A cheese fondue is a wow factor for a really great dinner party or a fun family night, especially when you have all your family over and the kids can get involved. You can make it as fancy (with real French cheese) as you like, or just opt for easier ready available Aussie cheese (from your supermarket like Colby etc...)
At this years Paris to Provence, you’ll have 3 options to get your hit of melted cheese before experimenti...
Tarte Flambée, Pissaladiere and Flamfkuchen. And what's the difference ?
They're essentially all forms of pizza, right? They are all typically round or rectangular, flat bread, crisp on the bottom, simply garnished on top, rustic and yet urbane. Mais c'est parfait.
While Pissaladiere is leavened bread with a thin, brittle crust on the bottom and, on the top, a blanket of golden sauteed onions, anchovies and olives an...
Some of the BEST croissants, vienoisseries and danishes in Australia ? Look no further than the South Melbourne market's own - Agathé Pâtisserie. A festival exhibitor regular, this year you can meet Agathé in person at IN MY FRENCH KITCHEN as she shares with you her secrets on nutella brioche. In preparation for the session, she has kindly shared her recipe here for you to try at home.
This Franco-Germanic pizza (esque) is a very very thin, very very crispy delight which you may more commonly call Flammkuchen.
I love that there is now a restaurant devoted to tarte flambée (Resto Bobo - I'm looking at you) but if you want to do a basic but really good version at home, try this recipe out. Also, HERE is a great clip I found from Jean-Paul Walter, from the restaurant in Colmar called "La Krutenau à Colmar", demo...
1.5kg of potatoes, sliced thinly ( I just discovered the slicing disc on my food processor!! Seriously peeps - this saves 30 minutes of slicing by hand, which I'd grown up seeing and had done until this year!!!)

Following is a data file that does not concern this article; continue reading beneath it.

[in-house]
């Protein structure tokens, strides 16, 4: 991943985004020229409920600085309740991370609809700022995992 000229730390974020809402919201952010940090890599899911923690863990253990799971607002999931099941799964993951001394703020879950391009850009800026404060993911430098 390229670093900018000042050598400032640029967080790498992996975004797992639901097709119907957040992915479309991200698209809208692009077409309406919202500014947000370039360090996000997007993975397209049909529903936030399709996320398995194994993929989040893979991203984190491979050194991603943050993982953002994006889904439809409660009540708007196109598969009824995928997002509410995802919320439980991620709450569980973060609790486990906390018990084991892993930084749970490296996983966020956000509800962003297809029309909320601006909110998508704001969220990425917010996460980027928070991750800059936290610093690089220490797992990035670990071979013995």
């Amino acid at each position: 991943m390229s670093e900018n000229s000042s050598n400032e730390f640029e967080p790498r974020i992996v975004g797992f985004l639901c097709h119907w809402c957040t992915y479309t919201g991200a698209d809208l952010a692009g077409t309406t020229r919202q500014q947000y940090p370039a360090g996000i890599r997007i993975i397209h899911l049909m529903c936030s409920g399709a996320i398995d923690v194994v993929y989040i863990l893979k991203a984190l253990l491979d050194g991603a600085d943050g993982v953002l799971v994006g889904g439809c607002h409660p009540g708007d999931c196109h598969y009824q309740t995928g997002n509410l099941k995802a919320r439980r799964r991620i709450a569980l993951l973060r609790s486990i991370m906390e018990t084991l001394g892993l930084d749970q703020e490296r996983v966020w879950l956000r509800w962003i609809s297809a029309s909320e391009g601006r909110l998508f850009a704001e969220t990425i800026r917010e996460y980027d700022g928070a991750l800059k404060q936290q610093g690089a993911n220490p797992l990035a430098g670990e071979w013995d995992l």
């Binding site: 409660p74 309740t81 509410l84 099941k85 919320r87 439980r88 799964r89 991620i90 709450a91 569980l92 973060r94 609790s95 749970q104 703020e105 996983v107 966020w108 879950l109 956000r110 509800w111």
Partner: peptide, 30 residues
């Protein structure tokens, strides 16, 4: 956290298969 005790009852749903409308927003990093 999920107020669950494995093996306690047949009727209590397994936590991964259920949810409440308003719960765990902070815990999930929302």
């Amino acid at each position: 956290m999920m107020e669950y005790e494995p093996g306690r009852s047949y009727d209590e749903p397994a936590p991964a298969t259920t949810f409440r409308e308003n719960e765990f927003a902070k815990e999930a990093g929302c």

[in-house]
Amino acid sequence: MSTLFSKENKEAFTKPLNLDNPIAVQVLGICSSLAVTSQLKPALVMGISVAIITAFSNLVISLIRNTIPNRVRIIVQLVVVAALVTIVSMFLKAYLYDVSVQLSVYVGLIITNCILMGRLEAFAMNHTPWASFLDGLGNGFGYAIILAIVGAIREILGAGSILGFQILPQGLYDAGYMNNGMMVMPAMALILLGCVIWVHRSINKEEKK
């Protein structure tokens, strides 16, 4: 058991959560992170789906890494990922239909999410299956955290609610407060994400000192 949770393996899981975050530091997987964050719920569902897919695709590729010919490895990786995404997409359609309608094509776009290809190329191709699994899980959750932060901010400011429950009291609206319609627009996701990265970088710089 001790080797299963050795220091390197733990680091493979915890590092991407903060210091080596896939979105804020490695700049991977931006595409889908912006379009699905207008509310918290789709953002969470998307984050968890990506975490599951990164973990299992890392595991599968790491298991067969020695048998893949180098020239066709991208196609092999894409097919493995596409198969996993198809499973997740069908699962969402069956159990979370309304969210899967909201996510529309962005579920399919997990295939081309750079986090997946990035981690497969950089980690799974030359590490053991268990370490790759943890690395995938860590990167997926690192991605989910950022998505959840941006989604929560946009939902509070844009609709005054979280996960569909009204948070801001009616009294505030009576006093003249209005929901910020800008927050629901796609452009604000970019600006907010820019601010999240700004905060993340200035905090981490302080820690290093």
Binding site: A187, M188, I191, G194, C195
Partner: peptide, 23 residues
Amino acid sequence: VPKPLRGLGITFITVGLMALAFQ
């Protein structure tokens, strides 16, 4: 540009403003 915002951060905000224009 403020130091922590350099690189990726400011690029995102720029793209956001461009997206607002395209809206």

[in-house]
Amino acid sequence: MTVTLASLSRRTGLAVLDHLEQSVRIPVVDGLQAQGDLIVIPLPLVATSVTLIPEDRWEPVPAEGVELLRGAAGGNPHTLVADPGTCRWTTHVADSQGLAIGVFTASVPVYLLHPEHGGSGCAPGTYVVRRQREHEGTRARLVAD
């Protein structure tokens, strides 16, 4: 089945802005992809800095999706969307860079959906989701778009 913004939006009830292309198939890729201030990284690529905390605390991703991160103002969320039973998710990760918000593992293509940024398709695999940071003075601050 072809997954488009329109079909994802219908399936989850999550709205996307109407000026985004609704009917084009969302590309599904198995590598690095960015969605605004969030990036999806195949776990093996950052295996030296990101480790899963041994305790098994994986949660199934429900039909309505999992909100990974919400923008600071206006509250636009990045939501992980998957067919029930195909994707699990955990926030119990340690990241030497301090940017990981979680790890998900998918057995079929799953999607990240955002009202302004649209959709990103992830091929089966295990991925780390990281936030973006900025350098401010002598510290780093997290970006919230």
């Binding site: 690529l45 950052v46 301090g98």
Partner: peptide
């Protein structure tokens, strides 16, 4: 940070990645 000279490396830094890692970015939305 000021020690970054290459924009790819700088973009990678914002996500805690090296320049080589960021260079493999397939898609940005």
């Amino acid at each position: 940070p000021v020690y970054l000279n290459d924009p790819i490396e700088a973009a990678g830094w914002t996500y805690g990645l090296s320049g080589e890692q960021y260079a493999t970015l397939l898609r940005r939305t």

1 veggie stock cube
1 cup boiling water
1 teaspoon garlic
1 600ml jar of cream
Be sure your oven is on about 180 degrees celcius.
It's cold. Il fait froid. There's no way getting around it, unless you're pregnant (like me) and you alternate between hating the cold Melbourne winter and feeling so hot and heavy and ugh that the only thing to comfort you is glorious French food. Soup is a very big go-to in France especially in winter, and what would Paris be without its association to soup a l'oignon, or soup au pistou (which I grew up on) originating from...
In Australia we have grown up with French toast, and many times I've been asked is this really "French" ?
I didn't think so until researching French recipes for this blog and realised AH HA!! Pain perdu IS our French toast. Kind of. Different name, but yes ... very similar idea. It's delish as a breakfast with actual sliced bread, but in France we would typically eat this prepared in a baking tray stuffed of brioche and baked...
Growing up my mum always told me that the first crepe was always a waste. You would cook it knowing it would end up in the bin. Why she wouldn't just eat it, regardless of how it looked I never understood especially considering how much the French hate wasting food. I grew up believing this was true - until I tried Julia Childs crepe recipe, made in the vitamix (or a blender) and using melted butter in the batter mix. Genius....
Chicken is probably my most favourite main dish and while there's a thousand ways to make it, this quintessential French recipe is the absolute best way to do it. This version is courtesy of Manu Fiedel, and has always left my dinner guests wanting more.